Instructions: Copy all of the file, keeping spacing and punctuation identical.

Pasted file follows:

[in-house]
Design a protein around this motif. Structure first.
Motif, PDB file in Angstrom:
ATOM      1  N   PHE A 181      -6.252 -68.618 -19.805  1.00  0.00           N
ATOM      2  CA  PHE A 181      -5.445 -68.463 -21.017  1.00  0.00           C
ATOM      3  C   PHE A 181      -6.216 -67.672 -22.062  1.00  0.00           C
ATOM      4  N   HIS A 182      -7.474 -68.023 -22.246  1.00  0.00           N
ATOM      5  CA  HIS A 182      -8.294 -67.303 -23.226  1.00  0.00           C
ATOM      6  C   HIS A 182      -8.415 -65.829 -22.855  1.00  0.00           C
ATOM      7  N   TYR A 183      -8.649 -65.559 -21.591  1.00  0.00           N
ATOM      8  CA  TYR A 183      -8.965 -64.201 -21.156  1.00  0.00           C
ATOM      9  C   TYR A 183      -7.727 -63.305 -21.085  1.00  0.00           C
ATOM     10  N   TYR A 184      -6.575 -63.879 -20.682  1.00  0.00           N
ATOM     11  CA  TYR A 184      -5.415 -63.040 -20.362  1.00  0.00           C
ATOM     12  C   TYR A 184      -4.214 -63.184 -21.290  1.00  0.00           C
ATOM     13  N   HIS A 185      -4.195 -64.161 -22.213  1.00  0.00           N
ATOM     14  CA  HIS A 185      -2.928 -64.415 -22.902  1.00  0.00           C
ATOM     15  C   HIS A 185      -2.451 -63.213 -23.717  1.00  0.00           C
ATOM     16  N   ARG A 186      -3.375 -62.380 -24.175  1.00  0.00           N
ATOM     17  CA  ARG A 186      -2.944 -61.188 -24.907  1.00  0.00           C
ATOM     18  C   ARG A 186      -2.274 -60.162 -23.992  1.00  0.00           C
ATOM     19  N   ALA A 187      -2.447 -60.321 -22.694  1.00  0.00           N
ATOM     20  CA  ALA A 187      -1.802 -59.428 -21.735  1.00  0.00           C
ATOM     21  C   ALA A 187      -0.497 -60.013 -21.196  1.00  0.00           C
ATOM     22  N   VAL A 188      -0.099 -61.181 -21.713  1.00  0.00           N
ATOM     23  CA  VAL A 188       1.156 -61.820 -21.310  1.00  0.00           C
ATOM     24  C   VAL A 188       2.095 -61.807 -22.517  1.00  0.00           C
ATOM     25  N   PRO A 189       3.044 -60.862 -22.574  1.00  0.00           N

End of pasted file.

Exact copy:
[in-house]
Design a protein around this motif. Structure first.
Motif, PDB file in Angstrom:
ATOM      1  N   PHE A 181      -6.252 -68.618 -19.805  1.00  0.00           N
ATOM      2  CA  PHE A 181      -5.445 -68.463 -21.017  1.00  0.00           C
ATOM      3  C   PHE A 181      -6.216 -67.672 -22.062  1.00  0.00           C
ATOM      4  N   HIS A 182      -7.474 -68.023 -22.246  1.00  0.00           N
ATOM      5  CA  HIS A 182      -8.294 -67.303 -23.226  1.00  0.00           C
ATOM      6  C   HIS A 182      -8.415 -65.829 -22.855  1.00  0.00           C
ATOM      7  N   TYR A 183      -8.649 -65.559 -21.591  1.00  0.00           N
ATOM      8  CA  TYR A 183      -8.965 -64.201 -21.156  1.00  0.00           C
ATOM      9  C   TYR A 183      -7.727 -63.305 -21.085  1.00  0.00           C
ATOM     10  N   TYR A 184      -6.575 -63.879 -20.682  1.00  0.00           N
ATOM     11  CA  TYR A 184      -5.415 -63.040 -20.362  1.00  0.00           C
ATOM     12  C   TYR A 184      -4.214 -63.184 -21.290  1.00  0.00           C
ATOM     13  N   HIS A 185      -4.195 -64.161 -22.213  1.00  0.00           N
ATOM     14  CA  HIS A 185      -2.928 -64.415 -22.902  1.00  0.00           C
ATOM     15  C   HIS A 185      -2.451 -63.213 -23.717  1.00  0.00           C
ATOM     16  N   ARG A 186      -3.375 -62.380 -24.175  1.00  0.00           N
ATOM     17  CA  ARG A 186      -2.944 -61.188 -24.907  1.00  0.00           C
ATOM     18  C   ARG A 186      -2.274 -60.162 -23.992  1.00  0.00           C
ATOM     19  N   ALA A 187      -2.447 -60.321 -22.694  1.00  0.00           N
ATOM     20  CA  ALA A 187      -1.802 -59.428 -21.735  1.00  0.00           C
ATOM     21  C   ALA A 187      -0.497 -60.013 -21.196  1.00  0.00           C
ATOM     22  N   VAL A 188      -0.099 -61.181 -21.713  1.00  0.00           N
ATOM     23  CA  VAL A 188       1.156 -61.820 -21.310  1.00  0.00           C
ATOM     24  C   VAL A 188       2.095 -61.807 -22.517  1.00  0.00           C
ATOM     25  N   PRO A 189       3.044 -60.862 -22.574  1.00  0.00           N